One underrated but totally fun carol to teach about is "O Tannenbaum" from the German holiday carol tradition. Below you can find some of the fun things that I do with this carol (usually with my 3rd graders) and some extension ideas I had while planning for next week.
Long and Changing history
If you do want to talk about the transition to English and even sing the words "O Christmas Tree," you definitely can do so if you talk about how the tradition of the Christmas tree evolved. Giving historical context to this songs highlights its connection to people and culture. This song and the tradition of bringing evergreen trees into the home is a wonderful example of cross-cultural adaptations as the English took on the traditions of the Germans and even began to sing some of their music.
is this a Christmas song? What do these words mean?
Possible extensions and activities
Syncopation - The A section has lots of syncopation through the phrases and is a great contrast to the smoother B section. It would even be a great time to show them the notation (providing they're ready for it) to have them identify the dotted eighth and sixteenth pairing.
Form - This is a fantastic, clear example of an ABA form. A friend in my district calls this the "Oreo Cookie" form with an obvious beginning (A), differing middle section (B), and repeat of the first section (A). If you ended up talking about form, you can break out the FREE form letters that I offer in my TpT store. Get them for free HERE.
Movement and Dancing - Create your own form!
Once we had all those actions down we talked about the form of the song and decided that it was an AABA form: A- O Tannenbaum and B- In lovely green... We went through the song once or twice with all our actions and then we moved on to make it even more fun.
I stood at the white board and said that our BIG A section would be the singing of the first verse. Everything we had just done was our "BIG A section" and we were about to add something new. I told half of the class to stand and do their best evergreen tree impression and the rest of the class was supposed to walk around and admire them. I mean, this song was originally about the Germans and how much they loved and admired evergreen trees. So, I played a little interlude music while half the class stood like trees and the other half admired. We called this part BIG B.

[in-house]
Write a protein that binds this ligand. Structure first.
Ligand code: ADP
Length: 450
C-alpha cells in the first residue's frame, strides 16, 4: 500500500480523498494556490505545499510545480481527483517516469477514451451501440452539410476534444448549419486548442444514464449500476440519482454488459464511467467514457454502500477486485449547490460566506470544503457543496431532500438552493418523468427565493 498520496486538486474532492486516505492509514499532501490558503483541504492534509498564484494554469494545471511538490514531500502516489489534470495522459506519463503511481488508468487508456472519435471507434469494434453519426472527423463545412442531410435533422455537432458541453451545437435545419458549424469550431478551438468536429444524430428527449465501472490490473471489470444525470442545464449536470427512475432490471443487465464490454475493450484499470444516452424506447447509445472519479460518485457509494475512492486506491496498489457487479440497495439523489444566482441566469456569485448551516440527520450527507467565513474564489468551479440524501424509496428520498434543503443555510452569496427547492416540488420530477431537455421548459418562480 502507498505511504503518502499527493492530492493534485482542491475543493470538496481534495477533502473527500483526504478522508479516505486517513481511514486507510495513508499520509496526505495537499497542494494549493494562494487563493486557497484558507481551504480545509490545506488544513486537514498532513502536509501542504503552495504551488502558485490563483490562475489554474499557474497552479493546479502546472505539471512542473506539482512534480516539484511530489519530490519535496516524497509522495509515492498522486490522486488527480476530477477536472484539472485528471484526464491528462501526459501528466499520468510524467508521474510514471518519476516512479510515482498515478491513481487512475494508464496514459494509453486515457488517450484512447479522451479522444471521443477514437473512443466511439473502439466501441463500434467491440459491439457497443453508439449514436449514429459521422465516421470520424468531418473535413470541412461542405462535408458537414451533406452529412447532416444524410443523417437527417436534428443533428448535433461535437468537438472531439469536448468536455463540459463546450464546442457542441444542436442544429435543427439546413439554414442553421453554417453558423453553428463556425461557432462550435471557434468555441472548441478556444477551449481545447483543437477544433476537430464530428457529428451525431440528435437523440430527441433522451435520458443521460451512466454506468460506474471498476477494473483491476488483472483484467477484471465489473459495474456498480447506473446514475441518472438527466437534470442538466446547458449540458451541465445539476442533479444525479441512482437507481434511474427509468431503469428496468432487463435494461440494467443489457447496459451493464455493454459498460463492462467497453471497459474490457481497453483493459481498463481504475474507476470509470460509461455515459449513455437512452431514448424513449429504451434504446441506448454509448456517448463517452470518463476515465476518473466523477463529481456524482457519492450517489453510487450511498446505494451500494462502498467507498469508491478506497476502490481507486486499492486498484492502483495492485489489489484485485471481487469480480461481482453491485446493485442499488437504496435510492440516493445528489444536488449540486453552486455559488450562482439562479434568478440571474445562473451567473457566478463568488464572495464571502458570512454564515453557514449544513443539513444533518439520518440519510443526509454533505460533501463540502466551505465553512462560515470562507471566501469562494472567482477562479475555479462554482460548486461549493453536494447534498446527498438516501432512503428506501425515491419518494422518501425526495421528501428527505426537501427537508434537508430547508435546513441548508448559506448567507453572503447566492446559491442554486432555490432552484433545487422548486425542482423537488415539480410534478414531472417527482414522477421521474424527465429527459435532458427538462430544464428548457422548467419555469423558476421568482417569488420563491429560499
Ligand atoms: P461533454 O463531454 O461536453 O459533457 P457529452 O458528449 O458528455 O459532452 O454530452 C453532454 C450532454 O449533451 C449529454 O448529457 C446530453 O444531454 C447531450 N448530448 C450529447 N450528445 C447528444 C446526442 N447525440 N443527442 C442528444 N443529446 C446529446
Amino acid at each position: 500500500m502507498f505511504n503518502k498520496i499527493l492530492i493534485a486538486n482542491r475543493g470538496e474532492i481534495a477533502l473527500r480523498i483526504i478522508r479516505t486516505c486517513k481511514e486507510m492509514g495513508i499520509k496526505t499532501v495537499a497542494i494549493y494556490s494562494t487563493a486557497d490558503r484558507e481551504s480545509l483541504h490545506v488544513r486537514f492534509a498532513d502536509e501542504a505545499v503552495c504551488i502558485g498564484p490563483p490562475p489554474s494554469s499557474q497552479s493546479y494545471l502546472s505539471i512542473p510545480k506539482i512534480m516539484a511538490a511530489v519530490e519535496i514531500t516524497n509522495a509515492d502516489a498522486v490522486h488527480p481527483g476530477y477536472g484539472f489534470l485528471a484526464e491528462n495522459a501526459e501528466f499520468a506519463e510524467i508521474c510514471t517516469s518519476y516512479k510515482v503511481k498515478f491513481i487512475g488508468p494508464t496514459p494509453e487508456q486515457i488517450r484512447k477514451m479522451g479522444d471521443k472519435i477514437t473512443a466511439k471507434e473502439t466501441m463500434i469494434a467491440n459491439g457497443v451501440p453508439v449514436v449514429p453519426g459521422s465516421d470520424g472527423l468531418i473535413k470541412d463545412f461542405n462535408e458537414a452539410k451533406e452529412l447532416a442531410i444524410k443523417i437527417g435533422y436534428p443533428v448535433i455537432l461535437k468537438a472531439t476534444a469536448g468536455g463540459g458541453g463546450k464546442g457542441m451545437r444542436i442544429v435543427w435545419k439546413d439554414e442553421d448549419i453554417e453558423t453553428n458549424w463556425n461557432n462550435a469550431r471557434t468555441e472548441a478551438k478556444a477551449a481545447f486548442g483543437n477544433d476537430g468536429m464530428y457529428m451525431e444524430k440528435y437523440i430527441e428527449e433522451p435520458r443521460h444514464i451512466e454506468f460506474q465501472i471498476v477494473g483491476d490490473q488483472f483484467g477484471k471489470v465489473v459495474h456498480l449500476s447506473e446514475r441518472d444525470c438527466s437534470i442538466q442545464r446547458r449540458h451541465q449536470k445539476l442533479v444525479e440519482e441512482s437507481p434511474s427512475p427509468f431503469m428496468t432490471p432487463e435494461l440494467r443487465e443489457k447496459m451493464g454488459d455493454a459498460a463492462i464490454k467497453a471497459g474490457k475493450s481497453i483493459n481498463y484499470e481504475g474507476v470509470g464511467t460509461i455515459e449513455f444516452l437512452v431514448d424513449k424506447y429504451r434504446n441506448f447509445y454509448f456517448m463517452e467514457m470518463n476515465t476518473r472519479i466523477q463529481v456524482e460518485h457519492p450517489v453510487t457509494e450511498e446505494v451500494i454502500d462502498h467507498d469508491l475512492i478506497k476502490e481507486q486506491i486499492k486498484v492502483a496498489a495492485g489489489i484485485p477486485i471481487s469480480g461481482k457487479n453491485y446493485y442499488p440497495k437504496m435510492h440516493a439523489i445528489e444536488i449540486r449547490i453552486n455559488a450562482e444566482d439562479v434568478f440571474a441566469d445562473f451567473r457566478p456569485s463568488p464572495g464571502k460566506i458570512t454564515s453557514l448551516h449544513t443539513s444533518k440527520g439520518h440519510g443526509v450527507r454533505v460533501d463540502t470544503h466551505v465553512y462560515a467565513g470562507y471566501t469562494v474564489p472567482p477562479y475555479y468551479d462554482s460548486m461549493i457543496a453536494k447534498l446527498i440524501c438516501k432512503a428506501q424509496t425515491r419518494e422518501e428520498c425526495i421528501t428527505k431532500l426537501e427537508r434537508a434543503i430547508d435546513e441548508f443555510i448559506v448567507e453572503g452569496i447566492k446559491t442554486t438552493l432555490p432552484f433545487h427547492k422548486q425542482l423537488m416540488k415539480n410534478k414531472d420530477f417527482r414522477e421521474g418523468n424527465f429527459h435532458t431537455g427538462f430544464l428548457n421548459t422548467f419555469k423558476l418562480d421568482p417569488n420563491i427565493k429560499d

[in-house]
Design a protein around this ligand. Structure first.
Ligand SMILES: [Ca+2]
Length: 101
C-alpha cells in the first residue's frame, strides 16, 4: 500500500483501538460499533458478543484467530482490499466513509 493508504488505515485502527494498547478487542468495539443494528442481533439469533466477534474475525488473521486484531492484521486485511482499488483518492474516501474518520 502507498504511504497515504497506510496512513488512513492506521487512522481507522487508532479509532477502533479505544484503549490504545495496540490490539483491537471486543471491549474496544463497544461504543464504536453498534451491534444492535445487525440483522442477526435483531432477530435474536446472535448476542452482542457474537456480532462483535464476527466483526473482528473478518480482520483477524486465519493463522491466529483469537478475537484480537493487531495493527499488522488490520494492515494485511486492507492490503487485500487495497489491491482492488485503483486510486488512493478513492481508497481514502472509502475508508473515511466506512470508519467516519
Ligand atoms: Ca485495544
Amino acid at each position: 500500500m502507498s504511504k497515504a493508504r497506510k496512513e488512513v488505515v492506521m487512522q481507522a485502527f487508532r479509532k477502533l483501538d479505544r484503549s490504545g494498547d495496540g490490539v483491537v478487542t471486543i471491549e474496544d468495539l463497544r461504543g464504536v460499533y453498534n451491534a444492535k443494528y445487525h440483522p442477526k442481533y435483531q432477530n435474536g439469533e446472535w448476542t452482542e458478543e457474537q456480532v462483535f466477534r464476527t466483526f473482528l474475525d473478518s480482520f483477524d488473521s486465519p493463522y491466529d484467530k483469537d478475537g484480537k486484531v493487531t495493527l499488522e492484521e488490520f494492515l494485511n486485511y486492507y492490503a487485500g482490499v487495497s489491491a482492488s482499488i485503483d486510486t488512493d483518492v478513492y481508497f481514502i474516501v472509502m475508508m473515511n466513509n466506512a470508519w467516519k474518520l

So far, we have ABA (A- sing, B- stand like trees, A- sing). Then we got really creative and came up with PART C! In this part of the song half of the class stands like evergreen trees and then other half of the class goes to cut them down and take them inside to decorate. The kid thought this was HILARIOUS. We finished off the song with another singing A section. So in the end we had ABACA: A-sing, B- stand/admire, C- tree/cut them down.
Crafting Activity for you and/or your Students
Here are my thoughts/modifications for a musical paper Tannenbaum! You could take old musical scores with lots of different sizes and shapes of notes to create the green needles for your tree. Or grab your music textbooks and make copies of the kids' favorite songs from the first semester and copy them off in different colors. You could even use different shades of green like this or you could do them in any color. I imagine green trees and red trees in my room in varying shades of color. And don't let the colored copy paper dilemma stop you. You can easily copy onto construction paper which gives you a ton of options for color shades (learn about copying onto construction paper in this post). Then you can cut the paper up and paste it to your tree.
Need further help with this? Here's a link to something I found on Pinterest that seems similar. Great ideas here for home, but maybe a little too complicated for a classroom.